Once you know your constraints, you can also start to work on breaking them. Why would you want to do that? Well, they hold you back and keep you from reaching your goal faster.
The original TOC approach to continuous improvement has 5 focusing steps:
- Identify the system’s constraint.
- Decide how to exploit the system’s constraint.
- Subordinate everything else to those decisions.
- Elevate the system’s constraint.
- If you have broken a constraint, go back to step 1. But beware of inertia – the constraint might come back!
The wording needs some explanation, in order to understand the difference between step 2 and step 4. In step 2, you try to make better use of the constrained resource (machine or person) by organizational measures, i.e. by working differently or by arranging work in a different manner but without any new investment. Only if that doesn’t suffice, you proceed with step 4 and use more resources (money) to solve the problem.
In the startup world those focusing steps are condensed to just three steps (see the book Scaling Lean):
- Learn more about the constraint,
- Leverage the constraint, and
- Lift the constraint.
The common theme is: understand what’s constraining you from reaching your goal, make best use of what you have, and get more of what you need to resolve the constraint.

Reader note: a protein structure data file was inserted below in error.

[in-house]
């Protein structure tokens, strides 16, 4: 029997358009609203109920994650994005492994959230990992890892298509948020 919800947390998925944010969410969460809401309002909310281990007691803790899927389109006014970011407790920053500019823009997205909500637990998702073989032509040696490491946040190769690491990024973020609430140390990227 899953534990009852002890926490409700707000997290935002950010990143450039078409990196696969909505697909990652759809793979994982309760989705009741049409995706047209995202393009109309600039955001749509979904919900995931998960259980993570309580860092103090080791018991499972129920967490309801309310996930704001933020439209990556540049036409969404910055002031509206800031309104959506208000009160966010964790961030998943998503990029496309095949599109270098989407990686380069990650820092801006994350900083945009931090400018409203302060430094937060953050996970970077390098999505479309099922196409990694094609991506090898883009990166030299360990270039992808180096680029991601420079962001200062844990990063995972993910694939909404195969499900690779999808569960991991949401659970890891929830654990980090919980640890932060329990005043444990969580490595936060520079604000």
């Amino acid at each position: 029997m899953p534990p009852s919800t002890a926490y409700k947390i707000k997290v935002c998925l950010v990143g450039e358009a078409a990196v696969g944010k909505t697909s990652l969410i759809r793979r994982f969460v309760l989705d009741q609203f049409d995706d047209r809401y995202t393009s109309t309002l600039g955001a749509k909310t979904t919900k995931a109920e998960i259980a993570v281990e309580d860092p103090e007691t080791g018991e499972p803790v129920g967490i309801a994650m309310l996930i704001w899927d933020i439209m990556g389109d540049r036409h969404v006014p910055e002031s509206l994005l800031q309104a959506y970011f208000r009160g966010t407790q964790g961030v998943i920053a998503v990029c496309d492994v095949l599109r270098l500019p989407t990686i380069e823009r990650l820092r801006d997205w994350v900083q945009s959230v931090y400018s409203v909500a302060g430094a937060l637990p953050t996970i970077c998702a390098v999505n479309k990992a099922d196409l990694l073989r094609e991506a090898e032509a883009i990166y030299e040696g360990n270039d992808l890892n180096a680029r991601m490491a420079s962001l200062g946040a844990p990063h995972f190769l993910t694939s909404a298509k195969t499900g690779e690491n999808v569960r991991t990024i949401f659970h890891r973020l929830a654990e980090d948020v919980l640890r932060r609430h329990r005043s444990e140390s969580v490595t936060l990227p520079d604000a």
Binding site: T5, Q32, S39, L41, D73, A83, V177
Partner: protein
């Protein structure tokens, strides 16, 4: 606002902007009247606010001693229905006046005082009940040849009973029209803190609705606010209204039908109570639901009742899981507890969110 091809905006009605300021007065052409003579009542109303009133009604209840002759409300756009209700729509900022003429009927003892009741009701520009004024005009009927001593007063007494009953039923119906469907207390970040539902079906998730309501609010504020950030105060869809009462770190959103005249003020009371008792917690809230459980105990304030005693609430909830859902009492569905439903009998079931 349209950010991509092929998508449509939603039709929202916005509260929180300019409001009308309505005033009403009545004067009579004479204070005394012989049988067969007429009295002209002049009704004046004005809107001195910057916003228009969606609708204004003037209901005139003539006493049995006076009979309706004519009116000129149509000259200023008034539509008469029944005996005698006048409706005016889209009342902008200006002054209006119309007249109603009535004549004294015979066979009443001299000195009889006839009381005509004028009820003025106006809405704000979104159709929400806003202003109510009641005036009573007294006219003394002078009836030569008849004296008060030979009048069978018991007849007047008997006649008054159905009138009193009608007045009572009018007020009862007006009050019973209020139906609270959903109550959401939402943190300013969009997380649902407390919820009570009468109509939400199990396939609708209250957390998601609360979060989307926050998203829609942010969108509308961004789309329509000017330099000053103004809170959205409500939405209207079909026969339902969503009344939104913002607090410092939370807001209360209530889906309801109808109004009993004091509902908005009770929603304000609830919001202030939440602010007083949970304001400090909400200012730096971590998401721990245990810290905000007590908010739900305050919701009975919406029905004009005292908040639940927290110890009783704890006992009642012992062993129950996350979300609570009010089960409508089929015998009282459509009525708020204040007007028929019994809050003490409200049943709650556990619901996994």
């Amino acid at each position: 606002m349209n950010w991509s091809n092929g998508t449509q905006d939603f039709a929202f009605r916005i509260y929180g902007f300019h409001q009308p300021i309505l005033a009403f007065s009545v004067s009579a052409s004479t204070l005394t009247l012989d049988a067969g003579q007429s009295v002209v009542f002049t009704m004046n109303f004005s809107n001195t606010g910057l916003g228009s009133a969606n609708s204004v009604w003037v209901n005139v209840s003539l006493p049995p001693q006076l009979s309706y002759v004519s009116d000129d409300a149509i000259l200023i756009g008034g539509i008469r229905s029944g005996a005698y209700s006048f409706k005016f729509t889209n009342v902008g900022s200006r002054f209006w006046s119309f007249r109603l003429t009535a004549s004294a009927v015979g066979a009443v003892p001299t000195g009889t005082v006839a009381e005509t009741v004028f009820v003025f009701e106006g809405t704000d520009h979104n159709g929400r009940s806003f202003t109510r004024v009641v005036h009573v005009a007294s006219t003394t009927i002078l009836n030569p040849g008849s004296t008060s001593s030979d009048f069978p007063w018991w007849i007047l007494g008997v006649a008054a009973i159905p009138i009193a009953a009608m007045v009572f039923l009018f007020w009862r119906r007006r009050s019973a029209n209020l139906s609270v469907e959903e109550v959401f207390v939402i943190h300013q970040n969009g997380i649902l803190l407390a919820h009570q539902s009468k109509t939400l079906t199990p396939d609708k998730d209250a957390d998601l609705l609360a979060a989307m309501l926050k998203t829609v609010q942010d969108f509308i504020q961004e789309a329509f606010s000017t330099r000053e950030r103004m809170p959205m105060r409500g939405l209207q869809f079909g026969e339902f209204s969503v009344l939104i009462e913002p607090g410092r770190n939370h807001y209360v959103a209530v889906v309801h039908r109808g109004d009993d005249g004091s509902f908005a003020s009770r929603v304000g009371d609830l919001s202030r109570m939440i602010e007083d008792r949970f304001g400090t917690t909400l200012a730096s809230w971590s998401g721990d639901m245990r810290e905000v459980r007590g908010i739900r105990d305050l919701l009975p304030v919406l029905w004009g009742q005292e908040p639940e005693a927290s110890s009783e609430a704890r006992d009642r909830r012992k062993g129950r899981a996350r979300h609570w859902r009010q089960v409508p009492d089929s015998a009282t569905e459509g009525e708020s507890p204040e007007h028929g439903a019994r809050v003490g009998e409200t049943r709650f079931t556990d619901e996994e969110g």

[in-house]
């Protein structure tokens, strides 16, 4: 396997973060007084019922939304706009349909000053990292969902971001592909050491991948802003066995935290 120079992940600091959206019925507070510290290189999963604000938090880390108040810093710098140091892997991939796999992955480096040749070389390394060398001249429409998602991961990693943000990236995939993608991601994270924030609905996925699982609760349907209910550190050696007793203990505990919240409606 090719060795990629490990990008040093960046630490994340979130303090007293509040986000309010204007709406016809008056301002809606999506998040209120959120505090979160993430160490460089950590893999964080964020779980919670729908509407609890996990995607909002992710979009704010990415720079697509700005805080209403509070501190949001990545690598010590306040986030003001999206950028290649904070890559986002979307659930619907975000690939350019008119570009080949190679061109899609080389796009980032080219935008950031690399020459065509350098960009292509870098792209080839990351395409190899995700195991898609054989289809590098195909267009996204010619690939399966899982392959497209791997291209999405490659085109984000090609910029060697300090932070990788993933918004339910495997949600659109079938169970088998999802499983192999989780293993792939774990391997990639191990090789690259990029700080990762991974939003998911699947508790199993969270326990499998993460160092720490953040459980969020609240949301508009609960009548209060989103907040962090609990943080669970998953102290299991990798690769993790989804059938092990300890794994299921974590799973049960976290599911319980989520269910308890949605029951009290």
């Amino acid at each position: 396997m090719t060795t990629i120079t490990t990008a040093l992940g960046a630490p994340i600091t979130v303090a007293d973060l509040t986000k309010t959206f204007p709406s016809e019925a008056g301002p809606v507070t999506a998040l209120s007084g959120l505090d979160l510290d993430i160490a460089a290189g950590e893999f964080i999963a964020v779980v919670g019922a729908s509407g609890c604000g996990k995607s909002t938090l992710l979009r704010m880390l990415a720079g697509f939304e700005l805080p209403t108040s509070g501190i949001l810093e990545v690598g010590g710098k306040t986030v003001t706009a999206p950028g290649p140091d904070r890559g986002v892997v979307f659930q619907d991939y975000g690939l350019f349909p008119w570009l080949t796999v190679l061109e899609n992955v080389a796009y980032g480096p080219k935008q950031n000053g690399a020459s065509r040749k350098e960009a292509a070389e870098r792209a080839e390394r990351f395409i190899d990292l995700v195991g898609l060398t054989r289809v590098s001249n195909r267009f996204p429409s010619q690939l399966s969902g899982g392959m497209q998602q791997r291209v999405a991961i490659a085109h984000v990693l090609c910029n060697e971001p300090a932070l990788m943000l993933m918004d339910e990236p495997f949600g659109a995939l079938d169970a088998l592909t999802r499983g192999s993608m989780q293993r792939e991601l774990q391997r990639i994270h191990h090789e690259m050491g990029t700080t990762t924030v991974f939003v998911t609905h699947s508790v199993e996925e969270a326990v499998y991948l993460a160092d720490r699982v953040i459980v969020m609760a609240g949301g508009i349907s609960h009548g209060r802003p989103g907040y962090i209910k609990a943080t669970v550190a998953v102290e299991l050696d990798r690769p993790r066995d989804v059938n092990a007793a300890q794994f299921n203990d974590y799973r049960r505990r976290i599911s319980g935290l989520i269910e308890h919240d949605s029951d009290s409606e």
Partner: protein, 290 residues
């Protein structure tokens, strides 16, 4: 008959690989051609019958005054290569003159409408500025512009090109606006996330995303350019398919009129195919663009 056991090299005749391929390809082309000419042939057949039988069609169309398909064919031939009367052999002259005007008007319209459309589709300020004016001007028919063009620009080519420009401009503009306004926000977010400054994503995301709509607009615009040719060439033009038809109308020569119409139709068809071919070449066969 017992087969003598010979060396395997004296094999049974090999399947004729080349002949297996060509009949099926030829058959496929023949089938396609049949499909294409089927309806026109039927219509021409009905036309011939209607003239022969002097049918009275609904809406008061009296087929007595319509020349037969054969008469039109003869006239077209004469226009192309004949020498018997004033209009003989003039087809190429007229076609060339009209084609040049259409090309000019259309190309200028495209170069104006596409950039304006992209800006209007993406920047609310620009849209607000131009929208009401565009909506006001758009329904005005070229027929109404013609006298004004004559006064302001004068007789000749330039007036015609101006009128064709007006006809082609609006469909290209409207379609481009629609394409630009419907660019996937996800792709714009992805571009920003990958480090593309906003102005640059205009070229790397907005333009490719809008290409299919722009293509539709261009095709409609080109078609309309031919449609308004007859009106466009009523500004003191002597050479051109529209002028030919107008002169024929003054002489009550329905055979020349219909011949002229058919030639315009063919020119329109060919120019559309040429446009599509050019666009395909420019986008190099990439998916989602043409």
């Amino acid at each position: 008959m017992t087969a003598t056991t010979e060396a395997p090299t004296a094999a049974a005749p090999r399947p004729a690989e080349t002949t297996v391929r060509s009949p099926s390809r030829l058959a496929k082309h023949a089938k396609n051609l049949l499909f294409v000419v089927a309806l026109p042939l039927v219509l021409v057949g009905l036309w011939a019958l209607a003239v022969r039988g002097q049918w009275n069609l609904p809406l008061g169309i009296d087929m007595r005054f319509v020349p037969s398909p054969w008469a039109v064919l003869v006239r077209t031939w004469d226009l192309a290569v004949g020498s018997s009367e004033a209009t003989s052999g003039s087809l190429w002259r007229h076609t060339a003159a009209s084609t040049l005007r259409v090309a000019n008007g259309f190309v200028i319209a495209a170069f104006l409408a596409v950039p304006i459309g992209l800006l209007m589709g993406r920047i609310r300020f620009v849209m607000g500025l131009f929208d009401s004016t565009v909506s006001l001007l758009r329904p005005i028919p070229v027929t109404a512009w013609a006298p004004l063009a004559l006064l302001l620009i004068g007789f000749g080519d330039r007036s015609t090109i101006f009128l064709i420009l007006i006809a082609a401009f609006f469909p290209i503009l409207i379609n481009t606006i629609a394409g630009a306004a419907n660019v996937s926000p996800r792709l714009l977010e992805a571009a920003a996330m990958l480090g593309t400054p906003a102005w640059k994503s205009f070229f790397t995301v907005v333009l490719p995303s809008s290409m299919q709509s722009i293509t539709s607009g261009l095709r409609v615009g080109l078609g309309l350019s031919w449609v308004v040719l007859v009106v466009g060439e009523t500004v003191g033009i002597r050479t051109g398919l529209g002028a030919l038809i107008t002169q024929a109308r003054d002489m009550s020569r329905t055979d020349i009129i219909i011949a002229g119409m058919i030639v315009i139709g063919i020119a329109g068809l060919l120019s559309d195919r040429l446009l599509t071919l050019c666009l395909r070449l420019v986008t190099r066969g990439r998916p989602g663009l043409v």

Looking back in my personal history, I’ve seen the following constraints in the early years of Catalysts:
- In 2004: my constraint was being employed. I could not deploy my full potential.
- In 2005: my need for safety kept me in that corporate job for another year.
- In 2006: being self-employed but alone, it was unexpectedly hard to get some business and actually make some money
- In 2007: we (=Christian and I) had started to collaborate with software developers in Nepal, The constraint was how to effectively transfer our know-how there; another constraint was the cash flow for growth.
- In 2008: we had started to develop a product for task-based collaboration, hence our constraint became marketing and sales for our product.
In 2010, our goal hierarchy was:
Looking back after another 7 years, I can say that we have achieved the goal: Catalysts is a profitable and highly respected company.
- We have increasing and steady revenues from our products and services.
- We are well-known for the value and quality of our work.
- We have reasonable costs.
We have achieved that by knowing our constraint and by giving it the requisite management attention that was necessary to break it.
For already more than 10 years, Catalysts has seen strong growth with a compound annual growth rate (CAGR) of 55%, both for team size and for revenue.
This is no mean feat, especially considering the many economical and political crises that we’ve seen in those years.